• Rick is my first cousin. I used to spend some summer vacation time with Diane and Margaret and Rick back in the 1960’s. One of the things I remember is going swimming at the country club. It was located west of Hwy 75 and north of 15th on that corner. There was a golf course there also. I do t remember anything else being west of 75 other than the country. It is just amazing how it has changed since that time.

    • I think that was called City Park, and the golf course was miniature golf. We moved to west Plano in ’65. Some of the other attractions on the west side then included Springbrook Apartments, Jere’s Dairy, the Texas swimming pool, the University of Plano, an airport, and Plano Bank and Trust.

  • Great article! I was at school in the houses when Kennedy was killed. During recess, the teacher rang her handbell and we all gathered around her car and listened to the radio. Sad day.
    After Sigler houses, I went to Mendenhall, Memorial, Bowman and graduated from what is now Williams.

  • My family moved to the Dallas area in 1965 from Florida as Texas Instruments had a major hiring, and then we bought a home in Plano in August 1966. There were only two houses in the whole town for sale at that time, one on the east side and one on the west. I thought my parents had uprooted me to the ends of the earth. I miss those simpler days!
    Diane Saigling was my shorthand teacher and also my friend. Even to this day, I will see some old shorthand, and be able to read most of it. Thanks Diane!
    Thanks also too, to Rick for this article. It was very well written! Brings back a lot of good memories!

  • I was born in Plano in 1941 and home delivery by Dr, Jerry Thompson. I attended all 12 grades at the school on ave H across from now Haggard Park. I graduated in 1959. We had moved from 15th street to the Haggard addition in 1958. My aunt, Maxine Davis had the D&D flower shop in downtown across from the Palace Theater. What a wonderful place to grow up! I am from the David & Bush families. I am still in Plano.

  • I really enjoyed your article! My family moved to Plano in 1966 when I wasn’t yet 1 year old. We lived on Sherrye Dr on the east side for several years before building a house on the west side. It seemed like a very long drive back then! I have many wonderful memories of Plano and always will!

  • My memories are very similar to Rick’s. Grape sodas at the soda fountain in my grandparents’ drug store, shopping for school clothes at Kiddie Korner, Sunday school at First Christian church and attending first grade in those houses are but a few of my memories. My favorite thing in the world was spending Sunday afternoons at the Spurlin’s farm. Life’s pace was very slow compared to now. In many ways I wish it hadn’t changed. My family moved to Dallas in 1968 and I thought I was going to become a city boy. In 1988, with my new family, I moved back to Plano and bought my grandmother’s house which coincidentally was two doors away from Rick’s old home.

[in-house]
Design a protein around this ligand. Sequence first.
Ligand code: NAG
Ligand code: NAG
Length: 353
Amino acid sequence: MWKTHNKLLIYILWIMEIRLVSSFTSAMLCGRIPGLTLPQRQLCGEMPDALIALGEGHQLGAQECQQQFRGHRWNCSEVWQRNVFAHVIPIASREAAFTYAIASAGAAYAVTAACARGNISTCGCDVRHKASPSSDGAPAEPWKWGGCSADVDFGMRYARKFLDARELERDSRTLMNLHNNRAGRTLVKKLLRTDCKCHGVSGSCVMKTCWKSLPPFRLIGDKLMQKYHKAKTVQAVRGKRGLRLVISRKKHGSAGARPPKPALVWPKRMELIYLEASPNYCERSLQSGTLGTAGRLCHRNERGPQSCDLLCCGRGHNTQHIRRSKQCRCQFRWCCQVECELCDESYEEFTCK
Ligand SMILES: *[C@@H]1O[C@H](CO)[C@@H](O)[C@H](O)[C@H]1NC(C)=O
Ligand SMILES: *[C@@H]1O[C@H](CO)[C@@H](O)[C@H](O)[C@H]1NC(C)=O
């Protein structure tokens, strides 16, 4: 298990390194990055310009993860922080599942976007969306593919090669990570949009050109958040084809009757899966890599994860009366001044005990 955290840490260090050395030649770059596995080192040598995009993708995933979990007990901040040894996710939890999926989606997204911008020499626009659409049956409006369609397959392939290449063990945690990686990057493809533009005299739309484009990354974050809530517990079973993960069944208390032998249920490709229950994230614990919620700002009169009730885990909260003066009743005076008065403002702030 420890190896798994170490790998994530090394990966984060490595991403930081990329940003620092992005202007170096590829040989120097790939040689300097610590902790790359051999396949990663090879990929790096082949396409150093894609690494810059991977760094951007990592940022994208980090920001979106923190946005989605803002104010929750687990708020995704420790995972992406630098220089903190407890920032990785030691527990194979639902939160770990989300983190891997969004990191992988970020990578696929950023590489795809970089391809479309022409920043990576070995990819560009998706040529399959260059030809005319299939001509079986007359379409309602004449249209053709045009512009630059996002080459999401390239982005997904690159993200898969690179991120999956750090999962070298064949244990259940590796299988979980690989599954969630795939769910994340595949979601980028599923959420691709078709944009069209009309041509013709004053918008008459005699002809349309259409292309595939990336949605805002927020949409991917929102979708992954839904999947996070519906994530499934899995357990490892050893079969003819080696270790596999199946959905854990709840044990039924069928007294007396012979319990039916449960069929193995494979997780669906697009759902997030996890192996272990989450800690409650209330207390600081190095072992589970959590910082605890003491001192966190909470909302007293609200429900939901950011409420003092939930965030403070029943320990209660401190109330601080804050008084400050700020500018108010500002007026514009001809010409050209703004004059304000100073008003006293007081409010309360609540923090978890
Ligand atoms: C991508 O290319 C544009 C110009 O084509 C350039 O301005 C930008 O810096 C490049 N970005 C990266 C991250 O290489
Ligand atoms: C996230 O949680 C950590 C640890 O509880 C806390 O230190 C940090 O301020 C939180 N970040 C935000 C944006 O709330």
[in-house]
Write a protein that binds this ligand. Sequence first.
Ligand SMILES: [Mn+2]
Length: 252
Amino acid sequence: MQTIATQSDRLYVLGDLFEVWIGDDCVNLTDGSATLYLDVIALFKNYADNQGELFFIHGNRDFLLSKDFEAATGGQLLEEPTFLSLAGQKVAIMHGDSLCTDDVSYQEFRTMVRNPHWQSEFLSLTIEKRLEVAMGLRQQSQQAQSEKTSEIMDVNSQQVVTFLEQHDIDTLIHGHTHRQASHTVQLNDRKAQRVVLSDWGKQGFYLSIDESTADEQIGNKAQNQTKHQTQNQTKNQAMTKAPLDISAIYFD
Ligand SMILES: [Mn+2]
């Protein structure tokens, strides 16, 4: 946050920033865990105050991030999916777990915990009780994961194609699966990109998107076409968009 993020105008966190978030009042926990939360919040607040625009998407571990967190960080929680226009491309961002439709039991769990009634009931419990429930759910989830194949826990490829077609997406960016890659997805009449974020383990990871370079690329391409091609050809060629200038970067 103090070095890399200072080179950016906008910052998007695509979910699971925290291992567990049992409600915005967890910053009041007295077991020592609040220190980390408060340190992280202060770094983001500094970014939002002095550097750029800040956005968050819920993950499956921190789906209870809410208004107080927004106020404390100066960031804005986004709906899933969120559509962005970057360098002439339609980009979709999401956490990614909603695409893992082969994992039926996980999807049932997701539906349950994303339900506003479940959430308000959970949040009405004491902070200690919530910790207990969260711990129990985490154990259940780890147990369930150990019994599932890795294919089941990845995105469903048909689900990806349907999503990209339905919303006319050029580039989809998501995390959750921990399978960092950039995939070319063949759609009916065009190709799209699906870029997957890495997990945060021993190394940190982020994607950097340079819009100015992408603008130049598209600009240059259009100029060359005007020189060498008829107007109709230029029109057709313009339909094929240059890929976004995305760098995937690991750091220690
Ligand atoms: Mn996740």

• Anita Funderburgh
    My family has lived in plano for many years. My father went to plano high ( I went to school there and we new it as Cox Jr high)
    I always wanted to go to the basement where my dad played basket ball. I had so many good time with the kids i went to school with from the 2nd grade to high school.

  • Great article. Moved to Plano in mid 60’s. Mendenhall, and even better memories of Cox Jr. High School and Rice Field. There there were all the memories of Shell park , when at the time we all played ball there, it seemed so far out in the middle of nowhere! Plano was a great place to grow up!

  • I loved the soda fountain at Allen’s Drug Store, those tables with the swing out seats. My favorite was a hot donut with ice cream topping. My grandmother’s house was on Ave K and it was a short walk to up town.

  • Great article Ricky ! Brought back a lot of memories! Plano was a great place to grow up!

    Jamie Taylor McRae

  • In early 1969, due to several business-related difficulties, I came to Richardson for an extended visit with relatives. They were aware that I was searching for a new home town environment for my wife and four children. My main focus was to find a superior school district where our four young ones could learn and live life’s better moments among a new circle of friends. I scoped out Mesquite, Garland, Richardson, Carrollton, Allen, McKinney, and finally Plano. My visit in Plano came at an opportune moment. Dr. Hendrick was about to leave his office (probably a lunch appointment) around mid-day; when I approached his secretary’s desk. He kindly deferred lunch and asked me to come in. If you ever had the privilege of a one to one visit with him; you know how and why my decision was suddenly clear and final. Plano has been kind to our family beyond my ability to define; and the teachers, coaches and administrators surpassed my fondest hopes for our children’s education. All four graduated from Plano Senior High School. The winning attitude in Plano athletics was just part of an entire community’s pursuit of excellence. There is no better place for a family to live.
    The Clowe family will always be grateful for that fragile element of lunch time, when Dr. Hendrick brought my search to a life-changing conclusion. Thanks.
    Gene Clowe

    I

  • DOES ANYONE REMEMBER THE DINER WHERE A LADY COOKED A CHANGING MENU OF SOUTHERN FOOD DAILY? WAS THE NAME MAYS? I HAVE GOOD MEMORIES OF SUNDAY LUNCH THERE AFTER CHURCH.